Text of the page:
Mazagran Coffee and 5 Others You Must Try

mazagran coffee beans and leaves | PBFY

Mazagran Coffee and 5 Others You Must Try

Mazagran Coffee and 5 drinks you need to try

In today’s constantly frenetic and time-hungry environment, there’s no skipping coffee. It has become so entwined in people’s lives that some can’t get by without it, and others have it on their list of favorite beverages. Of course, coffee is a naturally tasty treat, so there’s a fair reason to keep asking for more lattes.

Or maybe not. Forget the latte, the cappuccino, or the mocca. How about a coffee type you’ve never heard of before?

There are many more coffee varieties being sipped around the world that most people – including coffee fanatics – don’t know about. Most of these are unknown in the mainstream coffee drinking world but are local to their regions and extremely popular.

Some of the wonderfully tasty but highly invisible coffee types you should know about include:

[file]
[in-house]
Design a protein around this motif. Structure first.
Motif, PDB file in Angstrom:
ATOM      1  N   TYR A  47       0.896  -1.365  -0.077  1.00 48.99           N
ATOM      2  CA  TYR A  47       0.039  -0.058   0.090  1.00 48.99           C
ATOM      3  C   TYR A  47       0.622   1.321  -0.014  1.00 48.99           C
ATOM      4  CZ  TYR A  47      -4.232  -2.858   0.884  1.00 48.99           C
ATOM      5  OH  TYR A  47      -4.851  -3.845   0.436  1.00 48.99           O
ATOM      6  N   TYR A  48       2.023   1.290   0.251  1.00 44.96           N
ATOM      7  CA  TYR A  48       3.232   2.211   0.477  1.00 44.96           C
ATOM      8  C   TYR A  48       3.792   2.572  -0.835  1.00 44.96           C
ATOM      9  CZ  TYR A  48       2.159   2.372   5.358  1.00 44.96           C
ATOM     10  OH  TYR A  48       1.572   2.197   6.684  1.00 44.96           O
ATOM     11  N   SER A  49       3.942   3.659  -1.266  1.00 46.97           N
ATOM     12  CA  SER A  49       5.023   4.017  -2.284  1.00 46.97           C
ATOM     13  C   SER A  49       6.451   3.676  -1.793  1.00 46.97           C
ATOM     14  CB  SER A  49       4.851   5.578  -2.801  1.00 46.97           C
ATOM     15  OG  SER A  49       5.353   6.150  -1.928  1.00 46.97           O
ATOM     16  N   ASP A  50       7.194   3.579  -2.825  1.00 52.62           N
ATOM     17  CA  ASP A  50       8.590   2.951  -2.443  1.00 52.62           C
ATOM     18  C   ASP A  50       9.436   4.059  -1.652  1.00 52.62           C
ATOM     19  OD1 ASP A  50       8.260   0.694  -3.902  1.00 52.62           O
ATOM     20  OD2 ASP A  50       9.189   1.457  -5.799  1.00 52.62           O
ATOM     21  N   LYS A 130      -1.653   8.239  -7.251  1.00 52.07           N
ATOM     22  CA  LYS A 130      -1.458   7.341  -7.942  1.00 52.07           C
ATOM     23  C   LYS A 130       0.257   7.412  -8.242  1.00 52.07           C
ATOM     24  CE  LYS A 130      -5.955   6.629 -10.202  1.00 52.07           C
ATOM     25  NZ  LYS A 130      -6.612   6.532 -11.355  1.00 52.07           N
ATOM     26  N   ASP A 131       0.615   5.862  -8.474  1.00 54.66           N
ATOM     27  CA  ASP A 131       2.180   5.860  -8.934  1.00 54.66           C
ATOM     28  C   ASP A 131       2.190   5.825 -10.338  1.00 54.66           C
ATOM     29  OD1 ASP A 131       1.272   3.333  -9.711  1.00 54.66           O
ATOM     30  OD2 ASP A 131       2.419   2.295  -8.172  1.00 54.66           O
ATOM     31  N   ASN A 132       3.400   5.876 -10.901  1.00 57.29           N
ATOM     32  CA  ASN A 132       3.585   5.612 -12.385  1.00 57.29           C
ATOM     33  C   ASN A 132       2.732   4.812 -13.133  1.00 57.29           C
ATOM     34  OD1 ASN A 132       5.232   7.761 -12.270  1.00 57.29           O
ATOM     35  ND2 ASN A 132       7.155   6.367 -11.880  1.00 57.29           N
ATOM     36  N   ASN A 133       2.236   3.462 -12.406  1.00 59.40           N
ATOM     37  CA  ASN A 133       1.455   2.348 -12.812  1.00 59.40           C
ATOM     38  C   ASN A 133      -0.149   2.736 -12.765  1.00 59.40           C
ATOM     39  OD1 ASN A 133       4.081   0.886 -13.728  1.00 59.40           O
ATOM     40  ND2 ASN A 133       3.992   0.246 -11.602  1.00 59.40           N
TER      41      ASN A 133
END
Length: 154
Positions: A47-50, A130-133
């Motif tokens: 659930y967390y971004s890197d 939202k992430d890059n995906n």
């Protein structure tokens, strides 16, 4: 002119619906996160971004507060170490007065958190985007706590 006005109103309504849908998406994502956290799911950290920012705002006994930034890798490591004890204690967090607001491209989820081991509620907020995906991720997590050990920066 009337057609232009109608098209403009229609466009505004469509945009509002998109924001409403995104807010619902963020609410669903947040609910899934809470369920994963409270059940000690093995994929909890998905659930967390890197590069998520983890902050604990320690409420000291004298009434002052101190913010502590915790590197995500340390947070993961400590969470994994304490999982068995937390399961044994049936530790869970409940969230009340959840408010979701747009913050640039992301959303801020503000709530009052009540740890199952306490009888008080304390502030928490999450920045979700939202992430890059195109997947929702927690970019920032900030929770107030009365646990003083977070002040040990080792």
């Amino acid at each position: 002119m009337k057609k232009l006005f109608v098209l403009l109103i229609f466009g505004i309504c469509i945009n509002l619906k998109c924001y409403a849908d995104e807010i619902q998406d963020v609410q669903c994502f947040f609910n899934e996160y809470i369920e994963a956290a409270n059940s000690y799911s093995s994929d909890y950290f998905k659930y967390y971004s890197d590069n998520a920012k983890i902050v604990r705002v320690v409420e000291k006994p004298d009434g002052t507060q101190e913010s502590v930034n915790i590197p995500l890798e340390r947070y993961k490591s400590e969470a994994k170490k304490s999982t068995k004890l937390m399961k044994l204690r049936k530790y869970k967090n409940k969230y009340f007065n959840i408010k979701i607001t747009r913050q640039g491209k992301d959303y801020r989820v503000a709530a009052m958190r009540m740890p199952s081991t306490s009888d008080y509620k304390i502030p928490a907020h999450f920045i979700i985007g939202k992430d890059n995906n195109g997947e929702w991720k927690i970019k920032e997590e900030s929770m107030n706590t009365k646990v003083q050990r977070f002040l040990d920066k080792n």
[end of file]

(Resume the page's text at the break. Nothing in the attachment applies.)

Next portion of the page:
Mazagran

Mazagran coffee looks as brown in a mug like any other type of coffee, but it’s rather unique. Although now a common menu offering in Portuguese cafes, Mazagran coffee is actually of Algerian origin. It became a common beverage in the1840s after the war and then went through some variations to become the recipe that’s used today.

Unlike many other coffee types, Mazagran coffee is a cold coffee, created by pouring black coffee mixed with sugar over ice cubes seated in lemon juice. A bit of rum is usually added to add its distinct flavor, although that depends on the drinker’s wishes. Mazagran coffee stands out for its uniquely refreshing yet exciting, citric flavor, and works well as an afternoon beverage.

Flat White

While the rest of the world may not be acquainted with the Flat White type of coffee, New Zealanders, Australians and everyone else Down Under calls it everyday coffee. It was first created there and later became one of two very popular coffee types, the other being the long black.